Unique Number: 50959
Course web page: http://www.cs.utexas.edu/~diz/378
Office: GDC 4.508
Office Hours: TBD.
|Text:||Mitzenmacher and Upfal, Probability and Computing|
Randomness is extremely useful in computer science.
Algorithms that make random choices during their execution, known as randomized algorithms, are often faster or simpler than algorithms that don't use randomness.
Examples include Quicksort, primality testing, and Monte Carlo simulations.
However, such randomized algorithms usually come with a small probability of error, so it is important to bound this error probability.
In this undergraduate course, we develop tools and techniques
to design and analyze efficient randomized algorithms.
This course is theoretical and mathematical; there will be no programming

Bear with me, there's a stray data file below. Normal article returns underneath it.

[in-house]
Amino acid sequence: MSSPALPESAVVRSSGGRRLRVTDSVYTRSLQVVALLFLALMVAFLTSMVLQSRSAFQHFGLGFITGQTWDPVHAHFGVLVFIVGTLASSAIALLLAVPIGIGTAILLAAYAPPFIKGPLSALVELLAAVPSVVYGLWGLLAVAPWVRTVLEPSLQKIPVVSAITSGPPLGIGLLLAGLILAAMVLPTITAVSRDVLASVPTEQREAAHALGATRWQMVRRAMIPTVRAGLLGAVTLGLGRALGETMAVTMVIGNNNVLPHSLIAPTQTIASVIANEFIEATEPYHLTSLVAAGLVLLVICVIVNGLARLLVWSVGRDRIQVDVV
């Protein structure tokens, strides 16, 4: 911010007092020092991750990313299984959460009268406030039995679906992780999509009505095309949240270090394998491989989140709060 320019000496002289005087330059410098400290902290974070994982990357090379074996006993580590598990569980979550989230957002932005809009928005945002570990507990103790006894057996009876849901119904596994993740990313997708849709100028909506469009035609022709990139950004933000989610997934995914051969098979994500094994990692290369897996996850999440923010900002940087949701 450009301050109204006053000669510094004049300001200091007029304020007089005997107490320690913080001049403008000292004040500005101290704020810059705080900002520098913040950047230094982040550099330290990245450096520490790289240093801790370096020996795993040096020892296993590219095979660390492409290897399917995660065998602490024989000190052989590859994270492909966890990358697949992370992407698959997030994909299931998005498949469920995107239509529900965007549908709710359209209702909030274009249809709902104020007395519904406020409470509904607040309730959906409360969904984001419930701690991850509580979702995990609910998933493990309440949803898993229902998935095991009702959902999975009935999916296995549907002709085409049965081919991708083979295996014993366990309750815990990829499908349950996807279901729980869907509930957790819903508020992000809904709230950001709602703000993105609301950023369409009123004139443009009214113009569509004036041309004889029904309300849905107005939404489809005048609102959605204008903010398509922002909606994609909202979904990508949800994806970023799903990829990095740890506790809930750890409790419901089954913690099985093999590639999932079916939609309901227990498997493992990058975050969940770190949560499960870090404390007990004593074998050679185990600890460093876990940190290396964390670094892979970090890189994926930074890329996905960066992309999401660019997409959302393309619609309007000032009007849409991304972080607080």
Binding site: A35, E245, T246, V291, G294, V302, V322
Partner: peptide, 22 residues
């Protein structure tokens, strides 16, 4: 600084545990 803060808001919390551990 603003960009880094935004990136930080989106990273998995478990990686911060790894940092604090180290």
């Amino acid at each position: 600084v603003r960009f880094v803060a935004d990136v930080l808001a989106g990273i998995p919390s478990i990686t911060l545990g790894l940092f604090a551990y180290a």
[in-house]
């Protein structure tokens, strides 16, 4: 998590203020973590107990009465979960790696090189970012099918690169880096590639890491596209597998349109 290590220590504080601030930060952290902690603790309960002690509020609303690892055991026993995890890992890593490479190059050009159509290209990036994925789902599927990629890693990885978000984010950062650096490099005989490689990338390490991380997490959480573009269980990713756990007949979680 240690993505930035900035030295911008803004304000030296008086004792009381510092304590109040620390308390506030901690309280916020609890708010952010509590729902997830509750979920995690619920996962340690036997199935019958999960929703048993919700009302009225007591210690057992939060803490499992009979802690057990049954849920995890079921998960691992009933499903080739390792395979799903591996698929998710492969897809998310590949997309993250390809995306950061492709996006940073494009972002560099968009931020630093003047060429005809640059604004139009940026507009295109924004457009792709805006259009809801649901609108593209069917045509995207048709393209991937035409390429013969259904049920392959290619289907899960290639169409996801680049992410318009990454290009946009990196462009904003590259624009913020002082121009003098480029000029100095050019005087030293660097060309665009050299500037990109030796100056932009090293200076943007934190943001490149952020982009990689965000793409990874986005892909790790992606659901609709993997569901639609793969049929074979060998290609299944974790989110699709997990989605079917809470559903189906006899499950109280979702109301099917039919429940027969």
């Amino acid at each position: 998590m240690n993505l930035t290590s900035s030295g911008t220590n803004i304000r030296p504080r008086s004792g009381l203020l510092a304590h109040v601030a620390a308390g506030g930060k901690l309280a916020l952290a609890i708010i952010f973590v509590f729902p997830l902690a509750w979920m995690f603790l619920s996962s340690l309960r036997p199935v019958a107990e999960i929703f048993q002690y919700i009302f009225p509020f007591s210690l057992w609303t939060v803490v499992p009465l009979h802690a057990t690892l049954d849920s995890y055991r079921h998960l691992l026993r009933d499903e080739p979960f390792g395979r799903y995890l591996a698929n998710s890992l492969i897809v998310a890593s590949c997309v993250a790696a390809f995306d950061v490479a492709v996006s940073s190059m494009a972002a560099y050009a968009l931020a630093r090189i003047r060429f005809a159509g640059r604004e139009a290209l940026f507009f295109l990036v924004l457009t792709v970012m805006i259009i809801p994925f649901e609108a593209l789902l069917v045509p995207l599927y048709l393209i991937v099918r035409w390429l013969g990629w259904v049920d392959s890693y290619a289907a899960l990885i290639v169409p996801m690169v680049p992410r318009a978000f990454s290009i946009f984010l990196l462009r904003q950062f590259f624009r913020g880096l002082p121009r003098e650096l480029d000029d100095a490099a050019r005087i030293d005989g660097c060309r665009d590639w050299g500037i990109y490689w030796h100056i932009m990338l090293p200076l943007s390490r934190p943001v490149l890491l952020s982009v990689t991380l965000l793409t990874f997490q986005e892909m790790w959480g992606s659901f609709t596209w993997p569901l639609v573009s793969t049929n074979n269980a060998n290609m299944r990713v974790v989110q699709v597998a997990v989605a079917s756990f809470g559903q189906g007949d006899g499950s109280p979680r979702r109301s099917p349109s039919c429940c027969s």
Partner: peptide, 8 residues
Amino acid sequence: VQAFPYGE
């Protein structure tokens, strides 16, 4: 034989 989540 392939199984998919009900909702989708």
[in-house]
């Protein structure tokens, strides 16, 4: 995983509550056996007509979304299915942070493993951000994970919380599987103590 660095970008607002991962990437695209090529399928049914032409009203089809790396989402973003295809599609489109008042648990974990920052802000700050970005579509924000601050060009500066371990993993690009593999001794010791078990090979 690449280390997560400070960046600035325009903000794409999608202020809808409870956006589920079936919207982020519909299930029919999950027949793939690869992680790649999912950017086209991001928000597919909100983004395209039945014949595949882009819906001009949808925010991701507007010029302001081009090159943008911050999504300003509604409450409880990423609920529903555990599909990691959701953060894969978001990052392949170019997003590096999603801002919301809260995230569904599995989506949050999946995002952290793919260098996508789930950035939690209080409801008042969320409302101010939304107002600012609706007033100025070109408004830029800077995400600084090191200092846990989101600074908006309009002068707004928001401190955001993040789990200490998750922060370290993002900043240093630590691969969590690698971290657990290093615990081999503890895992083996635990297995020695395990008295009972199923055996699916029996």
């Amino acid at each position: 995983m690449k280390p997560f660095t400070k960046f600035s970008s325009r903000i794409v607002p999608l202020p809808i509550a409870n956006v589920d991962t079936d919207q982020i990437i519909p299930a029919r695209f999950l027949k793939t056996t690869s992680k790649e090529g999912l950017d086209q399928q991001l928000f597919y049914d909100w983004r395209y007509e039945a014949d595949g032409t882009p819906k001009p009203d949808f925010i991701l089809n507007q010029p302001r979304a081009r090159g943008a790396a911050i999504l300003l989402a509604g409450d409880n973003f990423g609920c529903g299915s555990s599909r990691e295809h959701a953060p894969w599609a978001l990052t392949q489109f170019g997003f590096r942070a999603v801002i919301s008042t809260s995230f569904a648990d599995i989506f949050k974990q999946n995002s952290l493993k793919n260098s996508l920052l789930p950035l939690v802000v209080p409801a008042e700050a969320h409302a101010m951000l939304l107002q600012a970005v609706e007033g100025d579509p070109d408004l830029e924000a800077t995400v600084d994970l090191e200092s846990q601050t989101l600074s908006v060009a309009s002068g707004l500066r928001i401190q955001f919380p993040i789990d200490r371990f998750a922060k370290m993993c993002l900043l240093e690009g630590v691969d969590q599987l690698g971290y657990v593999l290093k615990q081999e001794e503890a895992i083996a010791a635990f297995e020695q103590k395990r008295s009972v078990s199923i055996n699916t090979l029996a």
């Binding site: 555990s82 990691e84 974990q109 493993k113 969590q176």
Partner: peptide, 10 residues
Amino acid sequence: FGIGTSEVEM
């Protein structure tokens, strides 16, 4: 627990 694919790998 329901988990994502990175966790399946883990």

Each section of the course is built around a method, with example
applications to randomized algorithms.
We list the topics below.
|Prerequisites:||Computer Science 331 or 331H or 357 or 357H. This means that you need the prerequisites and corequisites for CS 331, including Discrete Math (CS 311 or 311H), Probability (SDS 321 or M 362K), and Linear Algebra (SDS 329C, Math 340L, or Math 341).|
|Canvas:||We will use Canvas, which contains Piazza. Homeworks and grades will be posted on Canvas. We will use Piazza for class discussion. Instead of emailing questions to the teaching staff, please post your question to Piazza.|